Arson: an unforeseen sequela of deinstitutionalization
Department of Psychiatry
Adolescent; Adult; Attitude to Health; Child; Commitment of Mentally Ill; *Communication; *Deinstitutionalization; Female; Firesetting Behavior; Hospitals, Psychiatric; Hospitals, State; Humans; Impulse Control Disorders; Male; Mental Disorders; Middle Aged; Motivation
Health Services Research | Mental and Social Health | Psychiatric and Mental Health | Psychiatry | Psychiatry and Psychology
Did the shift from institutional to community-based services brought about by deinstitutionalization affect the nature or function of pathological fire setting? The author studied admissions to a state hospital that were precipitated by arson. During a 200-day period, 14 patients accounted for 16 admissions and 17 fires. The data indicate that fires are set by consumers of public sector mental health services to communicate a wish or a need for a change in location of those services. Communicative arson has caused property damage, personal injury, and death and has resulted in a backlash against community alternatives for psychiatric treatment.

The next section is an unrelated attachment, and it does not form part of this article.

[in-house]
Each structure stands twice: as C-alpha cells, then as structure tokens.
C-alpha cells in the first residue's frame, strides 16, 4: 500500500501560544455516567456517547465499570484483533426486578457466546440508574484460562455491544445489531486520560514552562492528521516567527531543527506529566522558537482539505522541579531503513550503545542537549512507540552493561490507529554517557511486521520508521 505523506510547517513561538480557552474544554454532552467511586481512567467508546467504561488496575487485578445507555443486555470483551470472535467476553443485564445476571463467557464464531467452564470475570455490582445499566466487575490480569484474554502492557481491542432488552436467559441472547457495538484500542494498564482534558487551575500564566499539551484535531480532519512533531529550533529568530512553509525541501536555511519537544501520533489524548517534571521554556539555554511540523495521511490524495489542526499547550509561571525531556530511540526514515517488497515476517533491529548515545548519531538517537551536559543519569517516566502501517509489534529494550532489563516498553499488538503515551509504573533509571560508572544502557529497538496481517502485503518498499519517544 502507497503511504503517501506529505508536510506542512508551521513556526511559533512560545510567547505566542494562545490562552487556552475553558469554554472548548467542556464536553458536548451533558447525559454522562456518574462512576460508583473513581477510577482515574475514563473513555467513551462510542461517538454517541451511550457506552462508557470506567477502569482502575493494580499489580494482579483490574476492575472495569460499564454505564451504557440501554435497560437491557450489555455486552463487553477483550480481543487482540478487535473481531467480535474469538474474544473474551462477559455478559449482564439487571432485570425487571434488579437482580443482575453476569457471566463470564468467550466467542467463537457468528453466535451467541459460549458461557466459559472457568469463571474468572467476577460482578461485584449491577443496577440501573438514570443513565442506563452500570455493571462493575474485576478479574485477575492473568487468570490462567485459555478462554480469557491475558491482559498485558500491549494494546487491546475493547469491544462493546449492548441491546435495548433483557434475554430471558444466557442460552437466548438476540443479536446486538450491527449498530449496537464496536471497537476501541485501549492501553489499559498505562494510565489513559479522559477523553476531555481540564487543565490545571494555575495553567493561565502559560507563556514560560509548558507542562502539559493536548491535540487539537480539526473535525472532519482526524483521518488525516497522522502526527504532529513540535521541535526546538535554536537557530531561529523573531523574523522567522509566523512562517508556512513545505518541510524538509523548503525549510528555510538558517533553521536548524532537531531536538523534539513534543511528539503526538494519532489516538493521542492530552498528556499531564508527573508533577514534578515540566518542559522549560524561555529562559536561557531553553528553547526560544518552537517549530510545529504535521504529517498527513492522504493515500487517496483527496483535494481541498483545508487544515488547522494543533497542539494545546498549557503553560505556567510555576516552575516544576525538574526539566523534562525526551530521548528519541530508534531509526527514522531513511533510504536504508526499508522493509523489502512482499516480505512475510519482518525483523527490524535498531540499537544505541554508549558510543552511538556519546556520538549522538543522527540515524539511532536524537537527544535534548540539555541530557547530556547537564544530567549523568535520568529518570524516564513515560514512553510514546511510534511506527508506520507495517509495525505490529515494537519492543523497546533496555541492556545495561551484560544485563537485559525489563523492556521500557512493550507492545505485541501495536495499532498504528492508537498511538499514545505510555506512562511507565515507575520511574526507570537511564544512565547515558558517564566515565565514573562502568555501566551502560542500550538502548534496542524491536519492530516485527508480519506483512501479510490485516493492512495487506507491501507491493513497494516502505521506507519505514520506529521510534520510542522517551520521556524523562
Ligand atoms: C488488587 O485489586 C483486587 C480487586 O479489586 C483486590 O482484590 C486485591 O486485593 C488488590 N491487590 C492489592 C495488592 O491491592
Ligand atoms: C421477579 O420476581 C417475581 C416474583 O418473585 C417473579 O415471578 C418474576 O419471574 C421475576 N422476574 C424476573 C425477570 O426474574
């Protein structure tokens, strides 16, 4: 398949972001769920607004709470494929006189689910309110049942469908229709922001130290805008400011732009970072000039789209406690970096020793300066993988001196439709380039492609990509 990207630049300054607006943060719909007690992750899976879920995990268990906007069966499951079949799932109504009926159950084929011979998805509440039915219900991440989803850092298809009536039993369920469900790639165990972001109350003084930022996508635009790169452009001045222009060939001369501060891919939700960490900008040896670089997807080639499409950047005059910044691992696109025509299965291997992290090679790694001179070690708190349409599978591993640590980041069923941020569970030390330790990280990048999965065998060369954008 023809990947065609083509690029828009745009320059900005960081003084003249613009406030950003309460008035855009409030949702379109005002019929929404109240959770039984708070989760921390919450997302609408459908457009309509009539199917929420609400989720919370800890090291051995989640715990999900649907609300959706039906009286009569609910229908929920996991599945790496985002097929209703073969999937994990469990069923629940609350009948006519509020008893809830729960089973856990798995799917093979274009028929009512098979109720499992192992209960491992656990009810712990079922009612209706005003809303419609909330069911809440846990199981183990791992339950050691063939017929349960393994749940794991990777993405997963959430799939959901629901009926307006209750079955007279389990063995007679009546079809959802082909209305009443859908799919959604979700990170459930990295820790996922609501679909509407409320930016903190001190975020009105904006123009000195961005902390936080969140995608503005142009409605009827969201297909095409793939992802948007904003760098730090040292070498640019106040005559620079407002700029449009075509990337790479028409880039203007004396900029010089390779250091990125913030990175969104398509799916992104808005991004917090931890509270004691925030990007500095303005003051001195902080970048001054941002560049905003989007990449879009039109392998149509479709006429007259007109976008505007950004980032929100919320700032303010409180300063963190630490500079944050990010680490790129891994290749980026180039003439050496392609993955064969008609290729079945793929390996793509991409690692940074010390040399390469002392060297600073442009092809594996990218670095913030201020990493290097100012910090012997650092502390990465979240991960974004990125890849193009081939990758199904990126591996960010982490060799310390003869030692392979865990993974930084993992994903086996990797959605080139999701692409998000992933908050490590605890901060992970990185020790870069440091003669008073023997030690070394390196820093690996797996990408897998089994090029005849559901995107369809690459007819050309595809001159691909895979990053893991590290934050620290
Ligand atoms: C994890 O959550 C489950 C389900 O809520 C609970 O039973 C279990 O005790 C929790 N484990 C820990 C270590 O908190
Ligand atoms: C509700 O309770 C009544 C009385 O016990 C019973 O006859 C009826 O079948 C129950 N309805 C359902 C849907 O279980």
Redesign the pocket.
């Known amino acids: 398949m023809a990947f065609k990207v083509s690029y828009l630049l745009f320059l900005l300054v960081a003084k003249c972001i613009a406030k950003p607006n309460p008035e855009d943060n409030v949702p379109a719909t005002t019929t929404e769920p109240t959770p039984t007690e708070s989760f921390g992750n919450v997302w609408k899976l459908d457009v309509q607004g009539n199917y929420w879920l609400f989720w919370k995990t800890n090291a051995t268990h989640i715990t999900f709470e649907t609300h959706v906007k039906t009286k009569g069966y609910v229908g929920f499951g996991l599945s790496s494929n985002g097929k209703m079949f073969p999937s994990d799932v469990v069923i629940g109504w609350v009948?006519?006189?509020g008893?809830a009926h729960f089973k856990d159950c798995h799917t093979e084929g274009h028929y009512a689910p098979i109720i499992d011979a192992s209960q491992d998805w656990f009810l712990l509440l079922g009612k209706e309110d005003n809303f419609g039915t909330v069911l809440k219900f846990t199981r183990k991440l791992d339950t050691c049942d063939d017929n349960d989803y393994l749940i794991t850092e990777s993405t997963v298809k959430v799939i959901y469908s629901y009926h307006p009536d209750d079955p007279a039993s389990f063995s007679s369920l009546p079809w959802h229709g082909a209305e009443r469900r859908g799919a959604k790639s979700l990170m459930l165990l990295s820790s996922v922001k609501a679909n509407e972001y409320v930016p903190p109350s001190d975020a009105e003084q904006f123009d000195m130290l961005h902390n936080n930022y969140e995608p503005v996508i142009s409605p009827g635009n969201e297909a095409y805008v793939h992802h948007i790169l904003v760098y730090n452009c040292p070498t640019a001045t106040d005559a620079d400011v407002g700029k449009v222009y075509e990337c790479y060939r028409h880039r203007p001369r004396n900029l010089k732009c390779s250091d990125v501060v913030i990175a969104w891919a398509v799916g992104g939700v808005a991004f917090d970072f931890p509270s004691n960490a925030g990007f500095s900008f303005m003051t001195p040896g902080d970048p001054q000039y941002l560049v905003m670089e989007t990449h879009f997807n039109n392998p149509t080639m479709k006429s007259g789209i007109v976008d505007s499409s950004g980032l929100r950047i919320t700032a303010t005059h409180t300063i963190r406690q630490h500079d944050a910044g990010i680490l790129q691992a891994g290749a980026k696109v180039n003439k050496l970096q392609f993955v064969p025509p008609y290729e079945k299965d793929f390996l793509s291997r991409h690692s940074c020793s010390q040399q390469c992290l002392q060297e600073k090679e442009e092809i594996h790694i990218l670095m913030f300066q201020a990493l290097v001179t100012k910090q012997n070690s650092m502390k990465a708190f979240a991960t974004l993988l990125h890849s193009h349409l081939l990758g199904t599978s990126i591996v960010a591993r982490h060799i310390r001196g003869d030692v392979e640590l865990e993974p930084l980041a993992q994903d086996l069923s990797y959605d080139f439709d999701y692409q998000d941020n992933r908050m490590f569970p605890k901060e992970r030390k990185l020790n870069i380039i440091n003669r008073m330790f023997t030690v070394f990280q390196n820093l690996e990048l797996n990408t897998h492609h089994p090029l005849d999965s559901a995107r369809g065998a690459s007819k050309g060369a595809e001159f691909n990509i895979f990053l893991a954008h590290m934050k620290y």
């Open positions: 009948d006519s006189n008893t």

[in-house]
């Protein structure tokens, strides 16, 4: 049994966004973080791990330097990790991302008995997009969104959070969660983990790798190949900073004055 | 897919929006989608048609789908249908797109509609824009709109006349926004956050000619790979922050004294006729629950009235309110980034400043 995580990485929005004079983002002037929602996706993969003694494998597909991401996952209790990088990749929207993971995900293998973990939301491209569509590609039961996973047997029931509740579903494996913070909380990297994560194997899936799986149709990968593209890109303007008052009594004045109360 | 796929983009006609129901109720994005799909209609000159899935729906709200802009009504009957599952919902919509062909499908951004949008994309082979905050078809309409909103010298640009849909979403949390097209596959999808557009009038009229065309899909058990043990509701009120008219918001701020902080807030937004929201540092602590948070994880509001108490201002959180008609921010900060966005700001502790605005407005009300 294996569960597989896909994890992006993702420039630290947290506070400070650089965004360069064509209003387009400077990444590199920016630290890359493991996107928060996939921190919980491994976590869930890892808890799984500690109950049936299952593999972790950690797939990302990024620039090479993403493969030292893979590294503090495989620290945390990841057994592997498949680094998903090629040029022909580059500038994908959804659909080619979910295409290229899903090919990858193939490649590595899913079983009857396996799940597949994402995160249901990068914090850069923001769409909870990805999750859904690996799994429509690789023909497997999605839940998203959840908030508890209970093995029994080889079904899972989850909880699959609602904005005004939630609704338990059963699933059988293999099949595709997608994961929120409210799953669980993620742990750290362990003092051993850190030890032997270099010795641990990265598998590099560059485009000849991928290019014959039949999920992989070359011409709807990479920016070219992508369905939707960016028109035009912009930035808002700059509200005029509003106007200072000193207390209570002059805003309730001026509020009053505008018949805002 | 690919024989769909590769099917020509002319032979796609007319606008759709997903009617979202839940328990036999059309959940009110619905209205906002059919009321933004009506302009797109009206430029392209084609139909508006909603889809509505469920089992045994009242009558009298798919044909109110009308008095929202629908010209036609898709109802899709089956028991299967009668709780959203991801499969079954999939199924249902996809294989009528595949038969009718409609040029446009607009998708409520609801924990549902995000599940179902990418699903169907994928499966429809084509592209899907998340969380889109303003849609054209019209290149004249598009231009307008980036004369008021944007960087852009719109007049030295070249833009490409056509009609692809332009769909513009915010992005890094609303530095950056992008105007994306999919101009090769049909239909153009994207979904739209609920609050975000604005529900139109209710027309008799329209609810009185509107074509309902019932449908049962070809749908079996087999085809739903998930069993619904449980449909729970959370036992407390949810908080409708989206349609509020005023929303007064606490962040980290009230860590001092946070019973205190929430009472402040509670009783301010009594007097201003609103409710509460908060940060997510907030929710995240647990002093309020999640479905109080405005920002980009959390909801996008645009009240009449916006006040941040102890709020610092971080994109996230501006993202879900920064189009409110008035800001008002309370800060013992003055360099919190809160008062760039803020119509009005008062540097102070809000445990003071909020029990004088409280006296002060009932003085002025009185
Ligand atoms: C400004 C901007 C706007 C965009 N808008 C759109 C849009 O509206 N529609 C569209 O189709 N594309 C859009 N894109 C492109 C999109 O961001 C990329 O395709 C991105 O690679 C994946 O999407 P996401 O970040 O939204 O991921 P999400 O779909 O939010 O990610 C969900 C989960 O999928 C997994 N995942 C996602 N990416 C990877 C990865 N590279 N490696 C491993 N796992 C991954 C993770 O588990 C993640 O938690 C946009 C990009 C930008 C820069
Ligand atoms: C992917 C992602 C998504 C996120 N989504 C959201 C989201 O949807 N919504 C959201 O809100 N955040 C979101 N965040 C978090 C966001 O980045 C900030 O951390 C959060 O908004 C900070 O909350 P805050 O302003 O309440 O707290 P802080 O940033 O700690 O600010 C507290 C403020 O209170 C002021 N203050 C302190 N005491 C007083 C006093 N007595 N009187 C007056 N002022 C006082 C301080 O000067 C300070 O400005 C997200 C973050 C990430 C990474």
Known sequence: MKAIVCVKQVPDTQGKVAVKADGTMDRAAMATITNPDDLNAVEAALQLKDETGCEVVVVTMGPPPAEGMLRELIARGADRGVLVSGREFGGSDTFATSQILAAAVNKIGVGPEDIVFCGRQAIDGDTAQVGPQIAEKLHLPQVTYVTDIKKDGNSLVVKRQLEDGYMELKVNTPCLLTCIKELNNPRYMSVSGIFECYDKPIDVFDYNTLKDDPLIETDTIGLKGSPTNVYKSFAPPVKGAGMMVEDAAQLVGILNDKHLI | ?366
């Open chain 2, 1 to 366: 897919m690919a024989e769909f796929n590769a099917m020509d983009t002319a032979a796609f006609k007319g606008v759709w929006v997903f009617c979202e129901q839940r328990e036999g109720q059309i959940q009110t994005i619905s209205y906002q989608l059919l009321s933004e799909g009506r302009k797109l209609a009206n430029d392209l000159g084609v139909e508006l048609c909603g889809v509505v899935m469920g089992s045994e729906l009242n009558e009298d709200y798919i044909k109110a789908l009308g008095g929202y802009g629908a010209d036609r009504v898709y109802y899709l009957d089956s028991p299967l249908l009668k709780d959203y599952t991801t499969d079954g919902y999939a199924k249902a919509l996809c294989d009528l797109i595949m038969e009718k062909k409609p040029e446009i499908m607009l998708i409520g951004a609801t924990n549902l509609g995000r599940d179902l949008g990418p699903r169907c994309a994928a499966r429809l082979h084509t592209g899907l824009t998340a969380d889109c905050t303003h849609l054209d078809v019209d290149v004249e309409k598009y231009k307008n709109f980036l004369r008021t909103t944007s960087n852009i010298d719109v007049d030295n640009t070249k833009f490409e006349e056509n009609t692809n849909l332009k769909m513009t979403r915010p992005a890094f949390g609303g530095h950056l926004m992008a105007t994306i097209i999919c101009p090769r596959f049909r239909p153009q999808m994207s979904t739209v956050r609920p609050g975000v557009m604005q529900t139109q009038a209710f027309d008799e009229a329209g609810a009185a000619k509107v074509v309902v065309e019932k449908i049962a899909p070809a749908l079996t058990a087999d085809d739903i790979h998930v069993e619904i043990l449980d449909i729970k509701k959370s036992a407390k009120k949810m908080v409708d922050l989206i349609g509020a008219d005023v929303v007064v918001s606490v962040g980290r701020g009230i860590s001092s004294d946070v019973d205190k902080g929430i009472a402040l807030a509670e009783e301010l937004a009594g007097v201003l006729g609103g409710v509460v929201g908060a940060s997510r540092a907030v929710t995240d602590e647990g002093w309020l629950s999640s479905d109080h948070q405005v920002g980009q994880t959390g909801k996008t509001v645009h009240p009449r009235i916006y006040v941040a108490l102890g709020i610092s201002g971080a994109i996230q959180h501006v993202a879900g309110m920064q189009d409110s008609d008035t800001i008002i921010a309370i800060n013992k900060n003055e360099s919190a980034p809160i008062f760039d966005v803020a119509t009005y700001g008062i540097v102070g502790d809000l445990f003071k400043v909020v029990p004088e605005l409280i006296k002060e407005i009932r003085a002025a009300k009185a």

Am J Psychiatry. 1984 Apr;141(4):504-8.
The American journal of psychiatry
Geller, Jeffrey L., "Arson: an unforeseen sequela of deinstitutionalization" (1984). Implementation Science and Practice Advances Research Center Publications. 141.